Agreeing with ETC Group, the Colombia-based International Center for Tropical Agriculture (CIAT, a CGIAR center), with support from FAO, filed an official challenge of the predatory Enola bean patent in Washington, D.C. "We commend CIAT and FAO for taking this action, and for sticking with the 8-year patent challenge," said Pat Mooney of ETC Group. "Joachim Voss, CIAT's former director general, deserves special recognition for leading the patent challenge," notes Mooney.
ETC Group warns that egregious monopoly patent claims on seeds, genes and traits are by no means a thing of the past. In the midst of a deepening world food crisis, with climate chaos as the backdrop - predatory patenting is a greater threat than ever. Please stay tuned.
The Enola Bean Patent Reexamination Saga
13 April 1999: Larry Proctor wins US Patent No. 5,894,079, "field bean cultivar named enola"
15 January 2000: ETC Group denounces the enola bean patent as technically invalid and morally unacceptable http://www.etcgroup.org/article.asp?newsid=31
20 December 2000: Request for Reexamination of US patent 5,894,079 (issued 13 April 1999) filed by CIAT http://www.etcgroup.org/article.asp?newsid=96
30 November 2001: Proctor sues 16 small bean seed companies and farmers in Colorado for infringing his patent http://www.etcgroup.org/article.asp?newsid=282
02 December 2003: USPTO's reexamination results in "Non Final"
Rejection of Patent
02 June 2004: Proctor submits 400+ page amendment to "Non Final"
14 April 2005: USPTO issues "Final Rejection" of Patent
14 October 2005: Proctor submits Request for Continued Examination of Patent
21 December 2005: and issues another "Final Rejection" of Patent http://www.etcgroup.org/en/materials/publications.html?pub_id=41
29 April 2008: USPTO's Board of Patent Appeals affirms the patent examiner's decision regarding the rejection of all standing claims in the Patent ????? - Will Larry Proctor appeal through the U.S. Federal Court system?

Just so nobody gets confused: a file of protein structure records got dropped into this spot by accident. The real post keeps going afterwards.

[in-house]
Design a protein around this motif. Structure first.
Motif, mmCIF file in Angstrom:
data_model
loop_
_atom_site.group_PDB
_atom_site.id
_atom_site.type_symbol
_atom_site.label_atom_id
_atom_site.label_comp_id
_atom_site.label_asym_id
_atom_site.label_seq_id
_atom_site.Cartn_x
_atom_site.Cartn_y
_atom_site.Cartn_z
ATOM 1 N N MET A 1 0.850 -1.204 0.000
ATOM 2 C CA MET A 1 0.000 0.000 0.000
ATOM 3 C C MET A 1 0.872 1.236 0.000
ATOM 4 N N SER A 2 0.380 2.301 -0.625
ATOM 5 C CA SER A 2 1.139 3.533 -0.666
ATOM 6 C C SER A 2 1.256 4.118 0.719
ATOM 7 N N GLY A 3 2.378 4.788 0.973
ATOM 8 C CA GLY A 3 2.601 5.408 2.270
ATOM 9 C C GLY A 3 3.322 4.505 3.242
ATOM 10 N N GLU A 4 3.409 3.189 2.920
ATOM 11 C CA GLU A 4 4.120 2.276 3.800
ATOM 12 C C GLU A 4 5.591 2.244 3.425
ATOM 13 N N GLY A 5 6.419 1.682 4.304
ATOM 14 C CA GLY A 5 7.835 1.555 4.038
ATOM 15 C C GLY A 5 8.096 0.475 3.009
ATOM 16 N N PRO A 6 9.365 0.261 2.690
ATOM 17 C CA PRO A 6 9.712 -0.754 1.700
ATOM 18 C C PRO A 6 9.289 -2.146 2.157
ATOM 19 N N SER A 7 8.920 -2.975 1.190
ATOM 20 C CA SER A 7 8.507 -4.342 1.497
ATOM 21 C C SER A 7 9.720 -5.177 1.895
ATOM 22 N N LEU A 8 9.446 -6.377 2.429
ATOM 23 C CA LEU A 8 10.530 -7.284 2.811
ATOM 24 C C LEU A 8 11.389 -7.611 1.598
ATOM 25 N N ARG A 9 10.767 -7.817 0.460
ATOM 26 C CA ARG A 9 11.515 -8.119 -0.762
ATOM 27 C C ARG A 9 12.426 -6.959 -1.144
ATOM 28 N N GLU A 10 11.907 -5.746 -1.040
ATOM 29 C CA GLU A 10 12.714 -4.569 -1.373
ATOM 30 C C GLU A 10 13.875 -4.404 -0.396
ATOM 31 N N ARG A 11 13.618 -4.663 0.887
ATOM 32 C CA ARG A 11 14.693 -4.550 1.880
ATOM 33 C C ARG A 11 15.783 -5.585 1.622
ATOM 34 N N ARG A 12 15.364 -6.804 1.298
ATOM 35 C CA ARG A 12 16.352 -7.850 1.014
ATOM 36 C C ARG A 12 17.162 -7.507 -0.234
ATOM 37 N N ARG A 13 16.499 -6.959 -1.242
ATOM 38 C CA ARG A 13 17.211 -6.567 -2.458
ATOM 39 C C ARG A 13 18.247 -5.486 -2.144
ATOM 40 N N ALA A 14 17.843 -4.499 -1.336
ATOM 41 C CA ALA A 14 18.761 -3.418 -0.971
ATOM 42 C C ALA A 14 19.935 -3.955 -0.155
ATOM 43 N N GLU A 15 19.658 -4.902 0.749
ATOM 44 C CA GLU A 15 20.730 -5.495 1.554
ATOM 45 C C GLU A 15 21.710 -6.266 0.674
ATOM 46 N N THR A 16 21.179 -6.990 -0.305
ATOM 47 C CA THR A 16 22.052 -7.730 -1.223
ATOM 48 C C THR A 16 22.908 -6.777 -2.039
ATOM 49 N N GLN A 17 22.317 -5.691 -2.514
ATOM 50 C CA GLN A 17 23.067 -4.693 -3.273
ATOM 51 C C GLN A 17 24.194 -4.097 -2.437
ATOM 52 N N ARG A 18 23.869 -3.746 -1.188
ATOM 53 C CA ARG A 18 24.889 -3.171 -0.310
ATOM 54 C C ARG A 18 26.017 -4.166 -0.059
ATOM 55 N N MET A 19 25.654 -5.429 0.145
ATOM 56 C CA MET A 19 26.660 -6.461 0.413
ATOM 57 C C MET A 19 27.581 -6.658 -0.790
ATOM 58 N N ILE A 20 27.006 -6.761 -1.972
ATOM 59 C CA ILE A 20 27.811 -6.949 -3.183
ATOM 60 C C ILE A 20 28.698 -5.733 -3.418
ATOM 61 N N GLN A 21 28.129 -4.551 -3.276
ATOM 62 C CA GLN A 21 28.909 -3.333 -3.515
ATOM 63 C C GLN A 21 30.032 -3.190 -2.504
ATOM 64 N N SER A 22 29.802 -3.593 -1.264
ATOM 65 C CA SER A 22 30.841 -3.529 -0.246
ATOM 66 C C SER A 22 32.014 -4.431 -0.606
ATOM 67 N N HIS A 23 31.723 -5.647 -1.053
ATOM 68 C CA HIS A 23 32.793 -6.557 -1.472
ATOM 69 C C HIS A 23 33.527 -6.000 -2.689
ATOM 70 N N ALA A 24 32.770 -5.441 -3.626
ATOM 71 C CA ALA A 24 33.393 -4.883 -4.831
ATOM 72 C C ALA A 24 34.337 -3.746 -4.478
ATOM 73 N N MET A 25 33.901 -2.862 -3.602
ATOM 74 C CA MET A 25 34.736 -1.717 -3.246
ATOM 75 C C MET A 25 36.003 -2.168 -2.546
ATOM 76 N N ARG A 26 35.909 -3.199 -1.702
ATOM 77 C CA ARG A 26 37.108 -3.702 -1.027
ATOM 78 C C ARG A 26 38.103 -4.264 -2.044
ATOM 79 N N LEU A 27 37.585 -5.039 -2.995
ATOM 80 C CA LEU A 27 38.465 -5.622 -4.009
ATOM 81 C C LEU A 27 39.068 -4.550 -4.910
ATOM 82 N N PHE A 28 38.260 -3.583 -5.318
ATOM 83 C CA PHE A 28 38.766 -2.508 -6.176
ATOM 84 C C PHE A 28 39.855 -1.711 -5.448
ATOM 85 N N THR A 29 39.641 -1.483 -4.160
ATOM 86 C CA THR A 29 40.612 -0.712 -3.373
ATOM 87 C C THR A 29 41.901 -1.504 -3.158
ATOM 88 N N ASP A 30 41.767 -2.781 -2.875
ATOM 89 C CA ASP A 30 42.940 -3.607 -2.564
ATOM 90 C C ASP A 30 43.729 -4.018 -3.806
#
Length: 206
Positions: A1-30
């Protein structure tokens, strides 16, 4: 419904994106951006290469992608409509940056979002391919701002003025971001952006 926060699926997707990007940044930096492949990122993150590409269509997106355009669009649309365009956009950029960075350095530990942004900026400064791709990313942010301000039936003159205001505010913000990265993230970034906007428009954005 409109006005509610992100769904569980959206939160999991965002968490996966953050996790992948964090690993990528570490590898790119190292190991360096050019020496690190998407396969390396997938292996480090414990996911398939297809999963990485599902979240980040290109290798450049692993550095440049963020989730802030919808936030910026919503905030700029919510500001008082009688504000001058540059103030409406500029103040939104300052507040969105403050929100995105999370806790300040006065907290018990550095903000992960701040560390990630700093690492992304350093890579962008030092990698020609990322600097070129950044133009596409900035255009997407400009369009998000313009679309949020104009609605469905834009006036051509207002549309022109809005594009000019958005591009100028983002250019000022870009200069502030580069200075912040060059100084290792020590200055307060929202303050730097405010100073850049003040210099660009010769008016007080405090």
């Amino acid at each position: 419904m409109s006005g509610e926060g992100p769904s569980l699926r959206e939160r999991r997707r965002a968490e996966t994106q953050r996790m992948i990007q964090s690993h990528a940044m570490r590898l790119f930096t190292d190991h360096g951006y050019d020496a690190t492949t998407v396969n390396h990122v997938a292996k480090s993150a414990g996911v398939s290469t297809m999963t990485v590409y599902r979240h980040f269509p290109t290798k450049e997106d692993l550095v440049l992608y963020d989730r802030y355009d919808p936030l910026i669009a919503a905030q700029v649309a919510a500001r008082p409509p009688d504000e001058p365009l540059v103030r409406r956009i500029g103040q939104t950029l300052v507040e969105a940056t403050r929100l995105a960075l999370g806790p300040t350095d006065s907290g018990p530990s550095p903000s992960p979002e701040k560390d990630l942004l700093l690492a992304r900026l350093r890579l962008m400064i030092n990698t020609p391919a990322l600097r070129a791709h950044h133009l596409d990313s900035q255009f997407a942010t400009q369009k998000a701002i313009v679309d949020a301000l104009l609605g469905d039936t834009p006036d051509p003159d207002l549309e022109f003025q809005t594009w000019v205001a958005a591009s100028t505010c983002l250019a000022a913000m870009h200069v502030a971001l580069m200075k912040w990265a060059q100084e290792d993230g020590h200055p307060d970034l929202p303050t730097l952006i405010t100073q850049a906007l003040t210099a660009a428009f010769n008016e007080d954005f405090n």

For more information:
Hope Shand and Kathy Jo Wetter, ETC Group (USA) firstname.lastname@example.org email@example.com
+1 919 960-5767 (office)
Silvia Ribeiro, ETC Group (Mexico) firstname.lastname@example.org
+52 5555 6326 64
Pat Mooney, ETC Group (Ottawa, Canada) email@example.com
+1 613 241-2267
1) L. Pallottini, J. Kami, G. Barcaccia, P. Gepts, The Genetic Identity of a Patented Yellow Bean, a paper presented at the American Society of Agronomy Annual Meeting, Denver, November 2-5, 2003. The official results were published in the May/June 2004 issue of Crop Science, Pallottini et al., "The Genetic Anatomy of a Patented Yellow Bean," Crop Science, 44:968-977 (2004).
Thursday, May 01, 2008
Posted 4:35 PM by Tevita
A place for everything
From : Nature
Nature 453, 2 (1 May 2008) | doi:10.1038/453002a; Published online 30 April 2008
A place for everything
More researchers must record the latitude and longitude of their data.
Who, what, where and when? Among the basic elements of scientific record-keeping, too often the 'where?' gets neglected. Now advances in satellite-positioning technology, online databases and geographical information systems offer opportunities to make good that neglect, and to add a much-needed spatial dimension to many types of biological research. Location data are essential for those modelling species' responses to climate change, or the spread of viruses, for example. Failure to include spatial information from the get-go may close off potentially highly productive routes to analysis — including those not yet foreseen. But those data are frequently inadequate or absent.
Many museums and herbaria are trying to make good this problem as best they can, geo-referencing their collections and putting them online. This frequently requires nightmarish work translating place names from various historical eras, languages and conventions into latitudes and longitudes. Although this is a necessary evil in matters retrospective, going forward there is a much simpler and easier answer in the form of coordinates and a time-stamp taken from the Global Positioning System (GPS) at the point of capture, or any other specified point of relevance.
This technology means that there is now much less excuse for allowing spatial data to fall by the wayside simply because they are not relevant to the data collectors' project in hand. Not only are the data easily collected, they are easily stored too. GenBank, for example, introduced fields for latitude and longitude in the metadata attached to its nucleotide sequence records in 2005. But few yet contain such information.
Gene sequence and structure databases have flourished in part because journals require authors to submit published data to them. It is worth considering a similar requirement that all samples in a published study be registered, along with GPS coordinates, in online databases such as the Global Biodiversity Information Facility. At the same time, it would behove spatial scientists to articulate to the broader research community the potential of recording and making accessible spatial data in the appropriate formats — and the painlessness of the process.
Agrobiodiversity Weblog: For discussions of conservation and sustainable use of the genetic resources of crops, livestock and their wild relatives.